3.11 EXPLORING FUKUSHIMA: This feature is part of an original Milwaukee Independent editorial series that documented the 13th anniversary of the "Great East Japan Earthquake," tsunami, and nuclear accident, including the conditions of both the people and places that remain affected by the disaster across the Tōhoku region. mkeind.com/exploringfukushima

The story of two remarkable places woven together by history, culture, and an unspoken bond that bridges the tangible with the spiritual can be found in Iwate Prefecture along the northeastern coast of Japan.

One is Sekinoichi Shuzo, a venerable sake brewery with roots deep in the Edo period, and the other is Chūson-ji Temple, a spiritual haven established in the 9th century.

The connection between a master in the art of making fermented rice alcohol and a beacon of Buddhist faith is not obvious at first. But the relationship is a profound testament to Japanese heritage, culture, and tradition.

In 1921, Sekinoichi Shuzo embraced the legacy of sake brewing from predecessors who had honed the craft since the Edo period. This brewery is not just a place where sake is produced. It is a living museum of architectural and cultural evolution.

Its stone storehouses were designed by Yusuke Ohara, a disciple of Kingo Tatsuno who designed Tokyo Station. The design incorporates a style called Taisho Modern, which was popular in Japan during the Taisho era that combined a fusion of Western influence and traditional Japanese style. It echoes the brewery’s philosophy of blending the old with the new.

“Sake was originally made as an offering to the gods,” said Masaaki Toki, Sekinoichi Shuzo’s Sales Department Manager. “It is a spiritual culture with a history of more than 1,000 years. We dedicate sake to Yasukuni Shrine and Chuson-ji Temple.”

The company was named after one of the imperial families, Kaninnomiya Zahito, who stopped by and told the founder to “make sake that would please the people of the world.”

The main building of the brewery restaurant is 109 years old. In the past, the koji was fermented there. Currently, the first floor is a beer hall, and craft beer is made on the second floor.

“Cracks in the walls were caused by the earthquake. Repairs are still ongoing even now,” said Toki. “Our beers are different from American craft beers in that we use English IPAs. Using our brewing skills and knowledge, our beers have won many international awards. They are popular among young people, and some even come to Iwate just for our beer.”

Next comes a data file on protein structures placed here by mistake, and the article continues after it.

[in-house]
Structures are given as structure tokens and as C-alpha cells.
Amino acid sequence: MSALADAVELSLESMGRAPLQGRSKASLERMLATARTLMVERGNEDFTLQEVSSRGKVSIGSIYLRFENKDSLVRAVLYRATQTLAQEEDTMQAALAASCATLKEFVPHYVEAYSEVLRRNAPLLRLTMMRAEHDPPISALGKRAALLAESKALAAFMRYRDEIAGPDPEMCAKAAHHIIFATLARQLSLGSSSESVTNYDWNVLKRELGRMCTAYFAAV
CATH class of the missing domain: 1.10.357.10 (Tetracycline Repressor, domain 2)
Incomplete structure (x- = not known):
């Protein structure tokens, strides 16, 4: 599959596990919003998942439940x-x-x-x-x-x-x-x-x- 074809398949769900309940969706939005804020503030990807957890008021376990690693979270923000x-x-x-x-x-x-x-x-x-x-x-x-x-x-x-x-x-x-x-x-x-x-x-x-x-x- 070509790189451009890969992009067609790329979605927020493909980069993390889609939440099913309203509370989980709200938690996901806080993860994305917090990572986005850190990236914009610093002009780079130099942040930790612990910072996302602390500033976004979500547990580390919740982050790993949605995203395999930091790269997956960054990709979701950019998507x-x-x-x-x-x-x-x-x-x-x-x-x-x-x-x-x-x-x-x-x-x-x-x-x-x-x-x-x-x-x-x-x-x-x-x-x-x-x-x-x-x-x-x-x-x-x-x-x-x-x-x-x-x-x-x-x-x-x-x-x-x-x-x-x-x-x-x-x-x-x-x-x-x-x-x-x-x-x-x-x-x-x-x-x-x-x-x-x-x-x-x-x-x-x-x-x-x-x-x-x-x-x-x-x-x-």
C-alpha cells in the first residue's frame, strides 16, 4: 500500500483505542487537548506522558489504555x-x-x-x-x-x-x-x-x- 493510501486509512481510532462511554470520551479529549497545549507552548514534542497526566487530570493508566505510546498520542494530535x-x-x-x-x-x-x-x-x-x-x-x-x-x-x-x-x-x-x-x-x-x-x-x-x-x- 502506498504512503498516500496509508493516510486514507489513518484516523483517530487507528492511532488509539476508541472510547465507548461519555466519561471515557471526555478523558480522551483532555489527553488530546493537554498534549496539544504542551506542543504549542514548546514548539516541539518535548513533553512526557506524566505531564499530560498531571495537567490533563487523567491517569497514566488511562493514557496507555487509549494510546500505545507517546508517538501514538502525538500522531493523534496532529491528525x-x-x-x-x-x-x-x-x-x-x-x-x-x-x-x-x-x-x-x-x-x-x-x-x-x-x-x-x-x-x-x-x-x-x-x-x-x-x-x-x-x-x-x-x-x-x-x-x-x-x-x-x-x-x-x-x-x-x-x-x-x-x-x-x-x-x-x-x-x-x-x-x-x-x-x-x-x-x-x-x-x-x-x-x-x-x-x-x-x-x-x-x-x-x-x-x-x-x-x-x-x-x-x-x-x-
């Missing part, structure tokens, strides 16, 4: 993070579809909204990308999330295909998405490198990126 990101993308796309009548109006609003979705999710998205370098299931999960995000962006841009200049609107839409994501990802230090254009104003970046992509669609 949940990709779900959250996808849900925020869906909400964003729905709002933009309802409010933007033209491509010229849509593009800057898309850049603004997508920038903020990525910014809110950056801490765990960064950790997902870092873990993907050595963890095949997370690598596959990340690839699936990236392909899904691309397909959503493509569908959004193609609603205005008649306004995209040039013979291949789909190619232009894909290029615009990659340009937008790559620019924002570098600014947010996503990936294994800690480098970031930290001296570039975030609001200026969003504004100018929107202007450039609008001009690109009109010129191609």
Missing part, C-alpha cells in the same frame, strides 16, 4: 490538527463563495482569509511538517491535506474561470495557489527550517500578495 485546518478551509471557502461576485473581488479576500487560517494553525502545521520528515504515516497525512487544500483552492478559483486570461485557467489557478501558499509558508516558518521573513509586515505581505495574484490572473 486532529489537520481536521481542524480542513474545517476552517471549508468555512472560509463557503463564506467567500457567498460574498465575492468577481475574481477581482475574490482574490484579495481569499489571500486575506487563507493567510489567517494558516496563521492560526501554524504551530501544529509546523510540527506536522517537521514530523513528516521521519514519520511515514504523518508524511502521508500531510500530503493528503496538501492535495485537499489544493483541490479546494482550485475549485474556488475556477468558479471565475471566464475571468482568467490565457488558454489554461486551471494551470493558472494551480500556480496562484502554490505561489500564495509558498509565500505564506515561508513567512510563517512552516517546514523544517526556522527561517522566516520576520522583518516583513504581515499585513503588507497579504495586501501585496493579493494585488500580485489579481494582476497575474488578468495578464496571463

The museum building is a renovated two-story earthen building, one of the largest in Tohoku. It had previously been used as a brewing warehouse. Toki gave Milwaukee Independent a tour of the facility in March, introducing the process of sake brewing.

“The museum has over 1,600 tools that have been used in the sake production process, as well as a toji room dedicated to the god of sake, Matsuo no Taimeijin,” said Toki. “The tools on display were actually used to make sake until 40 years ago.”

About 8 miles away and perched atop a hill in Hiraizumi, Chūson-ji Temple stands as an ancient symbol of the quest for peace and the pursuit of the “Buddhist Pure Land.” Founded by the monk Ennin around 850, the temple gained prominence under the Fujiwara clan which envisioned it as a paradise on earth to honor both friend and foe lost in battle.

The temple’s crown jewel, a Golden Hall called the Konjikidō, is a masterpiece of Heian period art and entirely covered in gold leaf. It reflected the opulence and artistic zenith of the era. Chūson-ji, with its tranquil gardens and stunning architecture, is not just a place of worship but a testament to the spiritual aspirations of its founders.